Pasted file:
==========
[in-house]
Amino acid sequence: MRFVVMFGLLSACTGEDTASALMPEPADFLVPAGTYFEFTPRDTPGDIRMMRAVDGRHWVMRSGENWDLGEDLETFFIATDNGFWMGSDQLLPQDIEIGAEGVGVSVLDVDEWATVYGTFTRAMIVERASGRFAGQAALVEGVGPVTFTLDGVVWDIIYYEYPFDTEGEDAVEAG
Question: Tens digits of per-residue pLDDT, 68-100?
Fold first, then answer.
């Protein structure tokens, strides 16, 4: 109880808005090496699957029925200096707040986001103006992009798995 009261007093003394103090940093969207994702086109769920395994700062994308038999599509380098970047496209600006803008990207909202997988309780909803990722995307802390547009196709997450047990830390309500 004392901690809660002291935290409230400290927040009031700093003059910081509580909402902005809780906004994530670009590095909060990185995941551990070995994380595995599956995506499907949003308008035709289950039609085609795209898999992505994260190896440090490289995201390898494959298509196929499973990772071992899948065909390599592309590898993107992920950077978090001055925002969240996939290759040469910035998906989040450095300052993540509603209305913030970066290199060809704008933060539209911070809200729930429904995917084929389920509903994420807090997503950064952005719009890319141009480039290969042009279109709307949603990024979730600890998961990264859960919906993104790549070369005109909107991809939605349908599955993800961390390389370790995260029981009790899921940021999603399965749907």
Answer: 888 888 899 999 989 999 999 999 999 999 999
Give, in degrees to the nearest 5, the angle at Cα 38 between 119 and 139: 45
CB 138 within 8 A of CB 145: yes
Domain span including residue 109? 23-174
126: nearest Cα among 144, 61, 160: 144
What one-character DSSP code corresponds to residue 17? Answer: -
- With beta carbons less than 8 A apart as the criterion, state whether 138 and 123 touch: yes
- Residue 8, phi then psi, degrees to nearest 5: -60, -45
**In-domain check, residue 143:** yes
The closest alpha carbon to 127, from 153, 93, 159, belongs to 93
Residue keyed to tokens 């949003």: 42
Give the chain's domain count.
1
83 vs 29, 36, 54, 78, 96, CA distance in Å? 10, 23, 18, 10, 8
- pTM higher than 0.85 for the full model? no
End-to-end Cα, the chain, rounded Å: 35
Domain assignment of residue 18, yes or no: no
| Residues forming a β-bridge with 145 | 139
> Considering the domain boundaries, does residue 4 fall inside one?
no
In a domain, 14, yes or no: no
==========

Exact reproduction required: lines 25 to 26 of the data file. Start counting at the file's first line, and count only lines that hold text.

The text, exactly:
no
In a domain, 14, yes or no: no